Ethics Defined: In-group/Out-group

Ethics Defined: In-group/Out-group


In-group/Out-group An in-group is a group of people who identify
with each other based on a variety of factors including gender, race, religion, or geography. Our tendency to distinguish between in-group
and out-group members has moral implications. People may harm those whom they perceive to
be in an out-group in ways they would not harm in-group
members. For example, one study showed that when soccer
fans viewed fans of their own team being harmed, they felt empathy. But when they viewed fans of a rival team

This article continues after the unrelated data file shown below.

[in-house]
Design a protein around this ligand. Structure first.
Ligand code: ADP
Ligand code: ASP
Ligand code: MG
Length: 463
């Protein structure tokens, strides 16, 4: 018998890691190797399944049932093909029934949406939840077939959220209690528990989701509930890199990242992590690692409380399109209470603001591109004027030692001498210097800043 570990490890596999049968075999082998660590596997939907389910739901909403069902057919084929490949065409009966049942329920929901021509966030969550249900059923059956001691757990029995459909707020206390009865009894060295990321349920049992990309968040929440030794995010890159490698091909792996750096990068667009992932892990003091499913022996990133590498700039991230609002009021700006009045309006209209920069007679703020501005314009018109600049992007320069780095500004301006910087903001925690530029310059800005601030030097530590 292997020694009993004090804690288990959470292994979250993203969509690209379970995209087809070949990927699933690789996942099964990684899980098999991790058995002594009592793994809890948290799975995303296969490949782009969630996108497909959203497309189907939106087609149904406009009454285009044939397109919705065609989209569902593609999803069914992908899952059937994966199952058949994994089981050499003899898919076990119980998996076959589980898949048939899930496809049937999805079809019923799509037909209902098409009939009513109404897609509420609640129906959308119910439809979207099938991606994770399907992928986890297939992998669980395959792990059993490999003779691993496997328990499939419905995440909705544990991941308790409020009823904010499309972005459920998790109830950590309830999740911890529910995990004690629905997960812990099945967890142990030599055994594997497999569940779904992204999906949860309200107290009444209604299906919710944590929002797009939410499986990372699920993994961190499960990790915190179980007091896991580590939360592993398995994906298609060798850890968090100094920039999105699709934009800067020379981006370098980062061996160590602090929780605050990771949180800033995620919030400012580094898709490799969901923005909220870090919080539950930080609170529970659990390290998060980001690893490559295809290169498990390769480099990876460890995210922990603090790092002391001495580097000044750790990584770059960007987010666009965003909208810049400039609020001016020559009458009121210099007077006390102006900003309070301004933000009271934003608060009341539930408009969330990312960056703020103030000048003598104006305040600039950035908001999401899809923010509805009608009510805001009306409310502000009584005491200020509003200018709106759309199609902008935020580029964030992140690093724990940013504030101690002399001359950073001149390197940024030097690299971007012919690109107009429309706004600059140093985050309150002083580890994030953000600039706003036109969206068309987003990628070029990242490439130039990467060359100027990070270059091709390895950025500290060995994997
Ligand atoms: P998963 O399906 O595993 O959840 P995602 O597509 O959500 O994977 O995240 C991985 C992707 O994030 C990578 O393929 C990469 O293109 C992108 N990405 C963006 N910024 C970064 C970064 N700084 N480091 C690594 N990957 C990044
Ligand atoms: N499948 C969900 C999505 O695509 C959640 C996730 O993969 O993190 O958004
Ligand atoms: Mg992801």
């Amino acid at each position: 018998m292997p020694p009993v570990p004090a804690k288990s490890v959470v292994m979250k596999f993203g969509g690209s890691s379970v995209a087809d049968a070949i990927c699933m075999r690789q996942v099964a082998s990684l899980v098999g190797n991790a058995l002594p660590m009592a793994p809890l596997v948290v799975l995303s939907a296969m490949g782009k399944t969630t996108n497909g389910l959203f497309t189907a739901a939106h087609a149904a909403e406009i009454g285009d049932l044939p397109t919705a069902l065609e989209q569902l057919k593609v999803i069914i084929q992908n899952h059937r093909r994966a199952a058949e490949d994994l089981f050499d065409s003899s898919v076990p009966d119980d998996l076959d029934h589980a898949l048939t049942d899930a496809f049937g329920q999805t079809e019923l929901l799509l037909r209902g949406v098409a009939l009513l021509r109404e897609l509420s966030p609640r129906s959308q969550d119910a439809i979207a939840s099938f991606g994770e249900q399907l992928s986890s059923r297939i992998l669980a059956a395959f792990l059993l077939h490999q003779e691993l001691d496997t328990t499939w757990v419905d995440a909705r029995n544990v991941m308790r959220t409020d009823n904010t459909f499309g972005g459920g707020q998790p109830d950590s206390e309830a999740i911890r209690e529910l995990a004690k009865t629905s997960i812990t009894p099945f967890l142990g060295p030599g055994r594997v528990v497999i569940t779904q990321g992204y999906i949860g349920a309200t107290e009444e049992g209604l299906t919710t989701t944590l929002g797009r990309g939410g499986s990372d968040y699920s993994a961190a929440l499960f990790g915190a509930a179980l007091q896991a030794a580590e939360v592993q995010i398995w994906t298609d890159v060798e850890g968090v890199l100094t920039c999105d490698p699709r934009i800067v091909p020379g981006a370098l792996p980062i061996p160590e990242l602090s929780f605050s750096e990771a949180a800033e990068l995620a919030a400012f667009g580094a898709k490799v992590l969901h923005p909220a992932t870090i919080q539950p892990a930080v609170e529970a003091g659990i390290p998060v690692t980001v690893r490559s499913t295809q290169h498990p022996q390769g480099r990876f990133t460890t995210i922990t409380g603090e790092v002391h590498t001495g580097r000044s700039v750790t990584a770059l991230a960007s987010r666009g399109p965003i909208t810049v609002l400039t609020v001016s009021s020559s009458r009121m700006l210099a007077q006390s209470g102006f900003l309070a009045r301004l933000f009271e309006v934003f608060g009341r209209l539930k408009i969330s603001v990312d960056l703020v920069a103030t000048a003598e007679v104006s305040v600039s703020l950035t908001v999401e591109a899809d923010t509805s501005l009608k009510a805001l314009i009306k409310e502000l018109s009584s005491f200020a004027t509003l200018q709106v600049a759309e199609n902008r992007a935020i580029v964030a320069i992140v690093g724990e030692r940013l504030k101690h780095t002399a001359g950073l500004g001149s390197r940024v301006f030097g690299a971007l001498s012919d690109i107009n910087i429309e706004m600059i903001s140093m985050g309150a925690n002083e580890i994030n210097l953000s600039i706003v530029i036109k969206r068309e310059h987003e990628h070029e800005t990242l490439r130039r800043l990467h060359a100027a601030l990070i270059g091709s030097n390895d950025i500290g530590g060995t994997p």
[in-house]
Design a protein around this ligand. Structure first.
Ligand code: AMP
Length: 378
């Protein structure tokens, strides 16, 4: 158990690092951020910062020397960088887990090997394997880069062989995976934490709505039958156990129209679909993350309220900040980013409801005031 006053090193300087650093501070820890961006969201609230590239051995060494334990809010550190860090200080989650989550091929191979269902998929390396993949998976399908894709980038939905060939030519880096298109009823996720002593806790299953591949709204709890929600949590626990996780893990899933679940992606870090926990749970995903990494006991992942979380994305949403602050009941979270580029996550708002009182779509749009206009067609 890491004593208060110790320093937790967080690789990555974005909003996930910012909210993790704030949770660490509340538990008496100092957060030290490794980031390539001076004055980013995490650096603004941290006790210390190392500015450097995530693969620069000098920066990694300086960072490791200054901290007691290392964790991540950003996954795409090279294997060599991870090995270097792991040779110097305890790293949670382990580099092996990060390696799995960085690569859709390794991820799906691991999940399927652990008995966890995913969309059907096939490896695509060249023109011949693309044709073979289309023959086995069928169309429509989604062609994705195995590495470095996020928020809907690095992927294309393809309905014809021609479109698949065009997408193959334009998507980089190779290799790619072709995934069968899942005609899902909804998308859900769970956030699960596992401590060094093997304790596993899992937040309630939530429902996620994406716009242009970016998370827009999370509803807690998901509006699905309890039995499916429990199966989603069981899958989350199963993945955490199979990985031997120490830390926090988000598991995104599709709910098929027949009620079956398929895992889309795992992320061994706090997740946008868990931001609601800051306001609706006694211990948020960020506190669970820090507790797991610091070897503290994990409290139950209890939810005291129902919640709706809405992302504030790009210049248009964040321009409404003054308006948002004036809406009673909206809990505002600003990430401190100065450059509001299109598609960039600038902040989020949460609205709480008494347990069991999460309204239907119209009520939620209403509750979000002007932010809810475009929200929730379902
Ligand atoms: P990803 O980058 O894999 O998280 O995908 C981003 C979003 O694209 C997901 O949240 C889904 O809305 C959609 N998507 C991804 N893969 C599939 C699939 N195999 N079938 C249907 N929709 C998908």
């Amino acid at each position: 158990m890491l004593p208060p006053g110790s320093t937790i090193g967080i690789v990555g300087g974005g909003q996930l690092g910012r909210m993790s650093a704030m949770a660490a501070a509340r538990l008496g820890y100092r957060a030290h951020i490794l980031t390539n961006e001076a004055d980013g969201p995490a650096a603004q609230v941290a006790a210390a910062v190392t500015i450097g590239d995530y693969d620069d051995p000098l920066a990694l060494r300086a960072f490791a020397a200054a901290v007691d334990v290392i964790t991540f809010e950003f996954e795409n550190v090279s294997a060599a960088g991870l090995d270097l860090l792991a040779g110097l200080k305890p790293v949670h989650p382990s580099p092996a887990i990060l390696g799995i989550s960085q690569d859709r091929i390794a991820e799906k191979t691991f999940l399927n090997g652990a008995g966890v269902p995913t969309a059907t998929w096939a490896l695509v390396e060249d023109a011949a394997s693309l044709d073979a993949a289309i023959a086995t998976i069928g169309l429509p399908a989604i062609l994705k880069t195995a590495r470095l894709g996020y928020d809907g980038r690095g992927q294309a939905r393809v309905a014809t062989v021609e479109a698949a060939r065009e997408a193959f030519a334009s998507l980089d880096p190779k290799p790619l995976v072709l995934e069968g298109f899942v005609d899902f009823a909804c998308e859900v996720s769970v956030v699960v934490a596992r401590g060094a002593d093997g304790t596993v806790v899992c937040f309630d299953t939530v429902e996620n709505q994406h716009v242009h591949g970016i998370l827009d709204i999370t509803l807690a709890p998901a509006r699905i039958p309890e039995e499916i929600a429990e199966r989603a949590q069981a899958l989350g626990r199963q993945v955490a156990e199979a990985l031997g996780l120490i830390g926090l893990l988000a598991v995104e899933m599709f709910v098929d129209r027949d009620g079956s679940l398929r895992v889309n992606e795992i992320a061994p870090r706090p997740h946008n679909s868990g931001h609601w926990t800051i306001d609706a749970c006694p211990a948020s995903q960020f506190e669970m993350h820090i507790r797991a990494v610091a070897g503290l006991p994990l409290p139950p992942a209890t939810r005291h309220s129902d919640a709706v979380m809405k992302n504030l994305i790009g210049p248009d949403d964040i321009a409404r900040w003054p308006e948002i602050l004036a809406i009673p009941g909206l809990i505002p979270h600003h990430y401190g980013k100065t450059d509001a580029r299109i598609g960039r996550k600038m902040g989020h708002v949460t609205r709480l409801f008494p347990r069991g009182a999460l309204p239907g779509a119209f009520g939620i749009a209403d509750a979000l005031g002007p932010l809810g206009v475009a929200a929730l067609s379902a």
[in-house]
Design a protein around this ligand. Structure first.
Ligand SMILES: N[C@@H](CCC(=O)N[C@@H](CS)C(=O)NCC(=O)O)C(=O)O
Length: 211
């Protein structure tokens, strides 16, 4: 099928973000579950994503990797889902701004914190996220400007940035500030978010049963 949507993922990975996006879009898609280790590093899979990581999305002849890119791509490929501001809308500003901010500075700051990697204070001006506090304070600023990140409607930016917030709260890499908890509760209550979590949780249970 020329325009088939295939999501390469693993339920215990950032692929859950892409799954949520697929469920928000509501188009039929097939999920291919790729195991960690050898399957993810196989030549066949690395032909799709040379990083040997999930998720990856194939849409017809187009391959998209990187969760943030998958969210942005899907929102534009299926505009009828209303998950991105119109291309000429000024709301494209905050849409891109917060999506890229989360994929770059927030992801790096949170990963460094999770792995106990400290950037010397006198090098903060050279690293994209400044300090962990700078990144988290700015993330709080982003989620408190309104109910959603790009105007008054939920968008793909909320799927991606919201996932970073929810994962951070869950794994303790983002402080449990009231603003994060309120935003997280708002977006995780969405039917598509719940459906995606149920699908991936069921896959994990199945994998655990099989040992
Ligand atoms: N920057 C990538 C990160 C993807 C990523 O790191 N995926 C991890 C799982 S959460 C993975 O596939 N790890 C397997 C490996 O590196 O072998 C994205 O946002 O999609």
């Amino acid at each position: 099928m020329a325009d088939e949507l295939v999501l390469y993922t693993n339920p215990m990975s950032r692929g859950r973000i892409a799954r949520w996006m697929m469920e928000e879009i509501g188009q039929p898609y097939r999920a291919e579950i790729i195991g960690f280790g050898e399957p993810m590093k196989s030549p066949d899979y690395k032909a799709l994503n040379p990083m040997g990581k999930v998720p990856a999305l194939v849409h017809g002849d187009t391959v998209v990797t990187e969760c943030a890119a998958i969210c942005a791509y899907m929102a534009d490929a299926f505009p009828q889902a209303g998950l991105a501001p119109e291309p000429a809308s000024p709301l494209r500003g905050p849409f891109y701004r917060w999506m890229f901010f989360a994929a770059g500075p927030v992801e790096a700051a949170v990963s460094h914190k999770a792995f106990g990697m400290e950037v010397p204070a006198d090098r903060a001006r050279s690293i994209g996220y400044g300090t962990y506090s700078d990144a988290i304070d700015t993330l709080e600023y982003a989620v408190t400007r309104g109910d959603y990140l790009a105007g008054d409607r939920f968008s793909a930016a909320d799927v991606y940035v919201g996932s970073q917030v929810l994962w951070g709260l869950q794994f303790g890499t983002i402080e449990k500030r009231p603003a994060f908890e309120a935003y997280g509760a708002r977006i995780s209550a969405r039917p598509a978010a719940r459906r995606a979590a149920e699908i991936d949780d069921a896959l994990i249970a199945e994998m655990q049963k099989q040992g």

being similarly harmed, they felt pleasure. Likewise, people tend to make different moral judgments based on in-group and out-group distinctions. When someone in our in-group misbehaves, the natural reaction is often to dismiss the behavior as no big deal. But when someone in our out-group does the same thing, we will tend to judge the behavior much more harshly. Indeed, when automatic in-group and out-group distinctions replace conscious and thoughtful reflection. we are more likely to harm one another and
behave unethically.

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